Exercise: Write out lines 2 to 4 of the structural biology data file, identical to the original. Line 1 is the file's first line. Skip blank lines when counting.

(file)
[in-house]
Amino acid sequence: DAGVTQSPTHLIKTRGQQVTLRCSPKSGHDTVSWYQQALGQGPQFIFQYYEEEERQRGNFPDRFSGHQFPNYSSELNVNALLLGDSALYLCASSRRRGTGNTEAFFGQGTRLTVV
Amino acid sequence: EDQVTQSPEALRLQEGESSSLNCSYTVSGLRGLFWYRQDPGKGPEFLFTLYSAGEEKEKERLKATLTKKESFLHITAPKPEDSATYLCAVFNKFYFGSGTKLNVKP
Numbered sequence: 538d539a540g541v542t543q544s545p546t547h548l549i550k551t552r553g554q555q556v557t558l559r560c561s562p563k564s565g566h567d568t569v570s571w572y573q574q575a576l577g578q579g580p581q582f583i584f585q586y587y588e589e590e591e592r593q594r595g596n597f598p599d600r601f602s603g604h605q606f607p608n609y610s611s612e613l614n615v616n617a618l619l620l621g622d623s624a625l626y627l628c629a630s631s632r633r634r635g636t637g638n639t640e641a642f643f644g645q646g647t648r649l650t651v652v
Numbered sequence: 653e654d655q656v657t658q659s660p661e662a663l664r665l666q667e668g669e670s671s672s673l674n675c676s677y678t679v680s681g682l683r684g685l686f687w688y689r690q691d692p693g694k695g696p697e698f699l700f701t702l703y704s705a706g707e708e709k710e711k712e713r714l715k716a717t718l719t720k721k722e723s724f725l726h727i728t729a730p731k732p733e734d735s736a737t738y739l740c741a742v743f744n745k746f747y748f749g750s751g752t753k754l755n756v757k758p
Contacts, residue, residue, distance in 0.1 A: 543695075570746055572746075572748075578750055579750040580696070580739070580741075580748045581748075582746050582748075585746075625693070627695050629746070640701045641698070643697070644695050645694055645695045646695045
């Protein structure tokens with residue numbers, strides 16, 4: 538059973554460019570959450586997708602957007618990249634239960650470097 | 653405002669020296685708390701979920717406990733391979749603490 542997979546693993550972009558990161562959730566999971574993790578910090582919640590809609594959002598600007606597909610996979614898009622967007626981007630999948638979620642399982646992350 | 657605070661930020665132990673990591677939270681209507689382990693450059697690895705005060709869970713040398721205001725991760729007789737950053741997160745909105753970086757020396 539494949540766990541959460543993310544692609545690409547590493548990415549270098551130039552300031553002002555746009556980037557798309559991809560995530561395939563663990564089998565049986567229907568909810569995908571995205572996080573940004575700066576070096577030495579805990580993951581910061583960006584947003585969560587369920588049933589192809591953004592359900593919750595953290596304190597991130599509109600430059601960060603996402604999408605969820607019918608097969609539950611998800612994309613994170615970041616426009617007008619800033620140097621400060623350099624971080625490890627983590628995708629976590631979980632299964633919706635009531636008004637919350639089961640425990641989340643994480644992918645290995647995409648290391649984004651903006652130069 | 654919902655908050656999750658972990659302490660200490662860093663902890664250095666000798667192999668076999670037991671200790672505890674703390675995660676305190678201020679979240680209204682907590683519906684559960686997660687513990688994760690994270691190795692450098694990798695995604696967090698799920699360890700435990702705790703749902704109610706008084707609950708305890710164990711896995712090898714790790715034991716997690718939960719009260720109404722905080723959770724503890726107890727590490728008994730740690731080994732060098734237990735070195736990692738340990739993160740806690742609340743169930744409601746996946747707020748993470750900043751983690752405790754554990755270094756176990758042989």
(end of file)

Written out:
Amino acid sequence: DAGVTQSPTHLIKTRGQQVTLRCSPKSGHDTVSWYQQALGQGPQFIFQYYEEEERQRGNFPDRFSGHQFPNYSSELNVNALLLGDSALYLCASSRRRGTGNTEAFFGQGTRLTVV
Amino acid sequence: EDQVTQSPEALRLQEGESSSLNCSYTVSGLRGLFWYRQDPGKGPEFLFTLYSAGEEKEKERLKATLTKKESFLHITAPKPEDSATYLCAVFNKFYFGSGTKLNVKP
Numbered sequence: 538d539a540g541v542t543q544s545p546t547h548l549i550k551t552r553g554q555q556v557t558l559r560c561s562p563k564s565g566h567d568t569v570s571w572y573q574q575a576l577g578q579g580p581q582f583i584f585q586y587y588e589e590e591e592r593q594r595g596n597f598p599d600r601f602s603g604h605q606f607p608n609y610s611s612e613l614n615v616n617a618l619l620l621g622d623s624a625l626y627l628c629a630s631s632r633r634r635g636t637g638n639t640e641a642f643f644g645q646g647t648r649l650t651v652v